Some random ideas:
Only load fields you need. Never load *.
Load optimized from QVDs. Use a single exists() on these loads if practical, with the most restrictive field. Restrict further using inner joins after the fact instead of putting conditions on the main load from the QVD.
Minimize the number of loads and joins.
When you need to add conditional logic to a chart, data model changes are faster than set analysis, and set analysis is faster than if().
Adding conditions to expressions seems to be faster than adding conditions to dimensions.
When doing set analysis, using a pre-generated flag with values of 1 and null seems to be faster than searching for or listing values.
Don't use date islands on large data sets. There are usually faster solutions, even if they may be more complicated.
When you need the distinct values of a field from a large table, for instance all of the dates, you can avoid loading from the table and get the values directly if you do it like this:
LOAD date(fieldvalue('MyDate',iterno())) as MyDate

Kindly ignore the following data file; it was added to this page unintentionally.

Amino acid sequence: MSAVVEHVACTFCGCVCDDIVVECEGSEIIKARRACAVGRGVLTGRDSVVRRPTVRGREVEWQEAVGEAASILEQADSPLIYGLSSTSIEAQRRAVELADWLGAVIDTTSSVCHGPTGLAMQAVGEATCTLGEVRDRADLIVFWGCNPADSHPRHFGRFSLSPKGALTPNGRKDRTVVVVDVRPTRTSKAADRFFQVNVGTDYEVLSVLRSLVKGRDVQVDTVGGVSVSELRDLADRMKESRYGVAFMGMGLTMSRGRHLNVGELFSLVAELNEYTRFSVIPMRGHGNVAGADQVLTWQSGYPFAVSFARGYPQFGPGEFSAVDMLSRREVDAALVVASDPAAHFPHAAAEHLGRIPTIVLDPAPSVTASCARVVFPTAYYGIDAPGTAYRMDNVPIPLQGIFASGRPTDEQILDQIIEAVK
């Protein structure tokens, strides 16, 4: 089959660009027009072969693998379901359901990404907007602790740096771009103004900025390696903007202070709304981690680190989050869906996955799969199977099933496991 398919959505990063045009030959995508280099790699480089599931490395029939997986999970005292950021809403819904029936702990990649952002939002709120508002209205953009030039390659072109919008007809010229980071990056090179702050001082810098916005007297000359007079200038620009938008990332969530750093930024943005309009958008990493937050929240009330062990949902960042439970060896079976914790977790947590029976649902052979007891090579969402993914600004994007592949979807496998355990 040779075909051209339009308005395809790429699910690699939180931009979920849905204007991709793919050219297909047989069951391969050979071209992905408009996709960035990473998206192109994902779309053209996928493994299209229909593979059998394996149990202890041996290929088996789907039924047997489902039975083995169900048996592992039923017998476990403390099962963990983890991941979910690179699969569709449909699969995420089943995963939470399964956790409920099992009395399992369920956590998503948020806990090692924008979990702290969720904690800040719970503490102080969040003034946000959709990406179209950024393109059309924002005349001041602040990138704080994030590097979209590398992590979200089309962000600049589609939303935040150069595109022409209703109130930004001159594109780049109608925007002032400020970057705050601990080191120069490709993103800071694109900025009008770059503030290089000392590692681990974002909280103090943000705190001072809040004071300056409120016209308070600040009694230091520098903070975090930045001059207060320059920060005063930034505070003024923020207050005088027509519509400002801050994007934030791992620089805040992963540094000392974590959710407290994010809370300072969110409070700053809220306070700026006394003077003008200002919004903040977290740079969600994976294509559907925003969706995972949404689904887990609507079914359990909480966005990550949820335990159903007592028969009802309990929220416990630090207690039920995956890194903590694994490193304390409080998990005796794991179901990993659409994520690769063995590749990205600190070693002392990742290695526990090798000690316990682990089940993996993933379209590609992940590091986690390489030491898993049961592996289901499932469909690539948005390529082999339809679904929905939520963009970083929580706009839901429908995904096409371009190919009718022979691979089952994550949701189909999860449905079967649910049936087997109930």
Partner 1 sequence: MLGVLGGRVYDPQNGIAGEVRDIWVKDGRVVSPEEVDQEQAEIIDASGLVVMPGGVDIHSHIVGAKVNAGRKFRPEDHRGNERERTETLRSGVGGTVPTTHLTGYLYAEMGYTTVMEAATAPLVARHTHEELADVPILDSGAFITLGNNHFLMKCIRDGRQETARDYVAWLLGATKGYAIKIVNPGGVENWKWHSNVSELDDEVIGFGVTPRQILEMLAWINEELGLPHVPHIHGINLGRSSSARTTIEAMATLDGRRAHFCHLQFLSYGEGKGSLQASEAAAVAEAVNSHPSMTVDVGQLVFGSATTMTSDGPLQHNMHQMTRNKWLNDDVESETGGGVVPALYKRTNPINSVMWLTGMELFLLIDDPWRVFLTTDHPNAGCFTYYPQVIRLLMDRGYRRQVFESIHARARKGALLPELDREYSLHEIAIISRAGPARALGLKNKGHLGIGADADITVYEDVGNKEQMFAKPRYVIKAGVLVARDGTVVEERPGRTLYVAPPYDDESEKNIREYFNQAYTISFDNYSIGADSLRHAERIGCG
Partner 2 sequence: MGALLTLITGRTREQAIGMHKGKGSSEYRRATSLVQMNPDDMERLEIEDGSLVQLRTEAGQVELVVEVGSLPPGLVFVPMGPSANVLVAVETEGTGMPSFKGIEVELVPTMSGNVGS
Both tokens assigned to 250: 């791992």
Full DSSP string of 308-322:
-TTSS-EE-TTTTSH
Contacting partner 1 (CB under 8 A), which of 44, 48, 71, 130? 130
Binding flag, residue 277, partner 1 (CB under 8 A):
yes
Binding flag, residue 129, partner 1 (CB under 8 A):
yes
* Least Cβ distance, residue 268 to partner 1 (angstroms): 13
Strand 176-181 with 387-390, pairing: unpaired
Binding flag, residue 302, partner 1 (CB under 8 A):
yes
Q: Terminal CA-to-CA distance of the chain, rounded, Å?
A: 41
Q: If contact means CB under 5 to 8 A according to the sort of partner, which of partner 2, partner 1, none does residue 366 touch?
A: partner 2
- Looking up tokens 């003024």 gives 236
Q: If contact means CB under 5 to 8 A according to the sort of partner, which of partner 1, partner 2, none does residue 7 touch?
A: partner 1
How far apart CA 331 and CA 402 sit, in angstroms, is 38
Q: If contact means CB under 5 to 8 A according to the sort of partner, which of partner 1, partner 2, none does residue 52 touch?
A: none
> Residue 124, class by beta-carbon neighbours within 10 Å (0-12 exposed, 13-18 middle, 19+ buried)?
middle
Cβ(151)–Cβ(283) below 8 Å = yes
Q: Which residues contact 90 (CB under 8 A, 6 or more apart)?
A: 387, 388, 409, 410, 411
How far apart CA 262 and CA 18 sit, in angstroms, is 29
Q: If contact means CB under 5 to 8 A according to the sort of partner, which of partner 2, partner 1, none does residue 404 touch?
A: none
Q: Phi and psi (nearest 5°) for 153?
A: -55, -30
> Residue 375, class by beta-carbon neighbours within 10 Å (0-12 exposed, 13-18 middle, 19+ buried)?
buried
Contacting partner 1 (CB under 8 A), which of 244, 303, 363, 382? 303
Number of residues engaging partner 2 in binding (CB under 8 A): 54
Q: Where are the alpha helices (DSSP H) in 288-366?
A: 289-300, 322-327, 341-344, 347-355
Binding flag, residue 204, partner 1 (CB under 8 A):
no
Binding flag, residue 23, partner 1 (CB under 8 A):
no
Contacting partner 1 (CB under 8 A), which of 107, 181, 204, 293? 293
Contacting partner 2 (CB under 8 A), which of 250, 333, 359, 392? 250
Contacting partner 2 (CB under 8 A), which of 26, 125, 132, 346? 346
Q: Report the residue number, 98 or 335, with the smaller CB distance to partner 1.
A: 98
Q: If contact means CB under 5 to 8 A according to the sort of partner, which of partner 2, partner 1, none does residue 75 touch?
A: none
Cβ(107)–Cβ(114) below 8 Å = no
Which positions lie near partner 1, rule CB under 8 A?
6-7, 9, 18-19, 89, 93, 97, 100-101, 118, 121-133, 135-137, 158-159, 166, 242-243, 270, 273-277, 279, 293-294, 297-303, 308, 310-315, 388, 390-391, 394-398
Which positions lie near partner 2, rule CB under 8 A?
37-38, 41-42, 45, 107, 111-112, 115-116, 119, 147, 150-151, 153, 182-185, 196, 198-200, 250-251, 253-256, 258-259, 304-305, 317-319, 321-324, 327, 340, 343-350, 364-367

Avoid macros if possible.
You absolutely MUST have enough RAM to load and process the application. In memory data models don't want to be swapped to disk.
Be careful not to duplicate rows during joins. In some cases, the application will still function properly, but more slowly. Of course in other cases it won't function properly at all, but that's more obvious, and not a performance concern specifically.
I have no hard numbers, but it often seems like denormalizing small tables onto big tables helps performance. So I wouldn't, say, have a product table with nothing but a product code and a product name on it. Go ahead and join the product name onto, say, the customer orders table, even if that means it's on a million rows instead of on a hundred rows. QlikView's compression will take care of it. The script will go a little slower, but you'll probably save time in the charts.